Play the Game Like a Veteran in Your Rookie Season

Kevin Mansur, Director of Space

Kevin Mansur, Director of Space

Mar 16, 2022

It was 1996 when a young, 20-year-old golfer made his professional debut in Milwaukee, WI. In his first interview, he was asked what a successful weekend would look like by interviewer Curtis Strange. 

“3 more solid rounds and a victory would be nice,” this golfer said. 

To me, that sounds cocky and brash… you’ll learn,” Strange responded. 

Over the next 3 months, Tiger Woods would go on to win 3 professional tournaments, win the 1997 Masters tournament by a commanding 12 strokes, win PGA Rookie of the Year, and Sports Illustrated’s Sportsman of the year. 

2021 brought career changes that I didn’t see coming. You may think I was fired, laid-off, or something worse. In actuality, quite the opposite happened. I had opportunities to join two organizations that were and still are doing some amazing work in our community. With new jobs and roles come learning curves and acclamation periods. January of 2021 was the start of a new role and required new skills I hadn’t previously needed as a loan officer.

Two ideas helped me navigate this new role and continue to help me in the role I play here at Awesome Inc. I’m hoping these ideas can help you too.

1. Understand your abilities

2. Focus and eliminate distractions

Understanding your abilities may sound like common sense. You’d be surprised how many people don’t understand and leverage their strengths to get things done. Tiger Woods understood where he needed to be on the course at Augusta National in order to use his best clubs. He had years of experience and a track record of success being much more physically prepared and displaying incredible precision with his wedges. Hitting big drives led to Tiger being able to attack most greens with wedges that most other players in the field wouldn’t be able to use. Leading up to the 1997 Masters, Tiger understood his strengths and was focused on utilizing them to eliminate bad play.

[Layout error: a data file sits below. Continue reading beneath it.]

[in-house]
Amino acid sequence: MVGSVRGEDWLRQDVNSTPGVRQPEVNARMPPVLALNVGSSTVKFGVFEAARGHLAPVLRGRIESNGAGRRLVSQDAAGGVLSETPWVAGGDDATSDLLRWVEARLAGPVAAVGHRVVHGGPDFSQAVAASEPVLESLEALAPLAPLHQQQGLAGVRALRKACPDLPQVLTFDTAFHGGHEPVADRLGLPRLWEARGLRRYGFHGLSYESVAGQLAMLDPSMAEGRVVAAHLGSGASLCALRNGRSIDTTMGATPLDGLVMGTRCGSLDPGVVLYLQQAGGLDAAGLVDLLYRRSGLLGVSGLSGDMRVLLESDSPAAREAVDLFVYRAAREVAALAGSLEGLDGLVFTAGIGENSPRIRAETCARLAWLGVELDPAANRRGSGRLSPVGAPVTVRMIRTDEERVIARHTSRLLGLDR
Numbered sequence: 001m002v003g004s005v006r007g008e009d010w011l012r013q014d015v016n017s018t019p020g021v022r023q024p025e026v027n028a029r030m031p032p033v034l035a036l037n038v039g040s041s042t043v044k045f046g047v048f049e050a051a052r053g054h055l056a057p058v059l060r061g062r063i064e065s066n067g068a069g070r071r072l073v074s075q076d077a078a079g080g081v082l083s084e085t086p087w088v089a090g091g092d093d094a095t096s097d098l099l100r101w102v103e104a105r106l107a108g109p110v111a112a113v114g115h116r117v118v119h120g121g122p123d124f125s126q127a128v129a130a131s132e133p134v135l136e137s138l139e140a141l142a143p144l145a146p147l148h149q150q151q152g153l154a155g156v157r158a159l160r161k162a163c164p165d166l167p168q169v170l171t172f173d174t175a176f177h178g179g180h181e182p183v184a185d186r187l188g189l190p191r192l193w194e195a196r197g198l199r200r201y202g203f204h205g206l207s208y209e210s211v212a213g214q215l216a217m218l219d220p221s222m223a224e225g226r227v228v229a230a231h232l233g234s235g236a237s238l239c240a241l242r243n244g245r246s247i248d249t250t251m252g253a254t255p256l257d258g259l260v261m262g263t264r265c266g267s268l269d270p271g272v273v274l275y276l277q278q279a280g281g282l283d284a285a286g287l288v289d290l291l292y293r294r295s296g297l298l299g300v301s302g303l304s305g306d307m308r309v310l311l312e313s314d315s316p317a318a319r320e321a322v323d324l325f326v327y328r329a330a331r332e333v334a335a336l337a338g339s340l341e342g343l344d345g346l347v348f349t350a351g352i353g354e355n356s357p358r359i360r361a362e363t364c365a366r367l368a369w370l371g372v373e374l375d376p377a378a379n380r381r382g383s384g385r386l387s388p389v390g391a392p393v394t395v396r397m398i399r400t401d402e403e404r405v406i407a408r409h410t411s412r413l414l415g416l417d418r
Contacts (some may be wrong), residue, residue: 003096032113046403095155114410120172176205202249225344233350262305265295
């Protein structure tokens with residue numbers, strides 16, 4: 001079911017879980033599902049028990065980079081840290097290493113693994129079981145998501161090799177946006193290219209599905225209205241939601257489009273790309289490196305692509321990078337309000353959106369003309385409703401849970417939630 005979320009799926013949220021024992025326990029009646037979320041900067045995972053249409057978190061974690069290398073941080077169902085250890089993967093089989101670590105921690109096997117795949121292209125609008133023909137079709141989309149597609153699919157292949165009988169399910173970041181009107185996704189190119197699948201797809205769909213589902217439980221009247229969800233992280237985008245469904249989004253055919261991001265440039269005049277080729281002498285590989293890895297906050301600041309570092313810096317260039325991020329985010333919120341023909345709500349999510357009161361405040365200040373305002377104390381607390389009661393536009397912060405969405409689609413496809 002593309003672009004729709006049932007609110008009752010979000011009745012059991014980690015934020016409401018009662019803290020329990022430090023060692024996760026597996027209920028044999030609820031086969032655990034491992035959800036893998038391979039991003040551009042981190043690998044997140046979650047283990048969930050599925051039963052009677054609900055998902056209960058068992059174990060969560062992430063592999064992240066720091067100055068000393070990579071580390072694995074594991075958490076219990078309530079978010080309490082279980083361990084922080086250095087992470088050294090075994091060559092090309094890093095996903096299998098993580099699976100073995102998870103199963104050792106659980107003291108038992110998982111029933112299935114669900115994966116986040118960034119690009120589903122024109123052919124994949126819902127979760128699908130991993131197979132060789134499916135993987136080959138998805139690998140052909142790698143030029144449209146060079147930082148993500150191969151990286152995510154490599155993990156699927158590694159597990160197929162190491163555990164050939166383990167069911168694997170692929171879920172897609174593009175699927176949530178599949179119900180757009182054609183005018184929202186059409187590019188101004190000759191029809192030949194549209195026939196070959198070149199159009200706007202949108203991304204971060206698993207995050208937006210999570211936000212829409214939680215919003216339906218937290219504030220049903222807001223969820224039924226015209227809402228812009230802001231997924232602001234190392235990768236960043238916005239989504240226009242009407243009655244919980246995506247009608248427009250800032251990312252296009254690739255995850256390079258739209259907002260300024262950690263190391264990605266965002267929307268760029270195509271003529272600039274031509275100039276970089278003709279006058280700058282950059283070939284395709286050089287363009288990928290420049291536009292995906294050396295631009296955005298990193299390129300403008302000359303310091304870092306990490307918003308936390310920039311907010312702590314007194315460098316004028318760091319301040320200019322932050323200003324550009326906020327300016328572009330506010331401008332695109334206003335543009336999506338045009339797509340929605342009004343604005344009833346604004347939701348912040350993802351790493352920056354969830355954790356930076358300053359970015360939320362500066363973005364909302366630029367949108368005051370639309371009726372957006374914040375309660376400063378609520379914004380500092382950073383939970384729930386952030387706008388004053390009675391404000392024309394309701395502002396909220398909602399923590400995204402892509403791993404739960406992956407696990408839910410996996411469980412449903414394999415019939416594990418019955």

I learned toward the end of my college years that my mind was the sharpest in the morning. I scheduled myself to execute most brain work in the mornings of everyday. I would purposefully eat lunch later because I knew my mind wouldn’t be as alert after lunch. Moving important tasks to the beginning of my day allowed me to engage with my banking clients (which came much more naturally to me) in the afternoons. If you know me, then you know that I don’t have trouble talking with others. I have amazing word endurance… just ask my wife.

Understanding your abilities will lead to focusing and eliminating distractions. If you go back and watch the 1997 Masters you’ll notice that Tiger isn’t concerned about what’s happening with the players around him. He was focused on playing his game, no matter what. As he approached the 18th green, surrounded by thousands of fans, he notes the only thing he saw and focused on was his father in the crowd. He was able to block everyone and everything else out of his mind to make that historic tournament feel like another round with his dad. 

As I stated above, I am a morning person. I love being the only one in the office and working in my element before the hustle and bustle of the day drags me into multiple directions. If you need to block time on your calendar that is uninterrupted, secluded, and silent… do it! Find your happy and productive space and get there. You’re kidding yourself if you think you have the self-discipline to control everything in your environment all the time. Because you cannot control the people or circumstances throughout your day, schedule time that gives you the best opportunity to get work done.

The best advice I’ve ever been told is to control the controllables. In practice, that means learning how to control yourself. Put yourself in positions to best succeed by using your strengths often, playing your game, and putting up blinders when necessary.